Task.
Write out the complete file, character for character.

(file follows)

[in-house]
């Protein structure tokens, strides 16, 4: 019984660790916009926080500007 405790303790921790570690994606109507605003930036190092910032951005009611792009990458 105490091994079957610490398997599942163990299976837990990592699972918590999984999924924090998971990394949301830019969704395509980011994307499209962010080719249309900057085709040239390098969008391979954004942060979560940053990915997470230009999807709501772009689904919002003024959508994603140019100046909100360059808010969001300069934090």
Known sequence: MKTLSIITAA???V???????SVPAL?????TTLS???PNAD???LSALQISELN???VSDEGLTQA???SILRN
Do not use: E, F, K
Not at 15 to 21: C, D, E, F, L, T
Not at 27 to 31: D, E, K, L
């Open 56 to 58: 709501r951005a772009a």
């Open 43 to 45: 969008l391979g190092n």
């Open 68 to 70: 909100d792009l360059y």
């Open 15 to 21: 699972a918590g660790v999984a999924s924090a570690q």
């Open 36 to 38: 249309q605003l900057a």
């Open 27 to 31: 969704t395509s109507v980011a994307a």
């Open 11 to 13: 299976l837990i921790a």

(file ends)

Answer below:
[in-house]
């Protein structure tokens, strides 16, 4: 019984660790916009926080500007 405790303790921790570690994606109507605003930036190092910032951005009611792009990458 105490091994079957610490398997599942163990299976837990990592699972918590999984999924924090998971990394949301830019969704395509980011994307499209962010080719249309900057085709040239390098969008391979954004942060979560940053990915997470230009999807709501772009689904919002003024959508994603140019100046909100360059808010969001300069934090």
Known sequence: MKTLSIITAA???V???????SVPAL?????TTLS???PNAD???LSALQISELN???VSDEGLTQA???SILRN
Do not use: E, F, K
Not at 15 to 21: C, D, E, F, L, T
Not at 27 to 31: D, E, K, L
């Open 56 to 58: 709501r951005a772009a």
């Open 43 to 45: 969008l391979g190092n």
């Open 68 to 70: 909100d792009l360059y």
């Open 15 to 21: 699972a918590g660790v999984a999924s924090a570690q």
């Open 36 to 38: 249309q605003l900057a």
């Open 27 to 31: 969704t395509s109507v980011a994307a």
């Open 11 to 13: 299976l837990i921790a």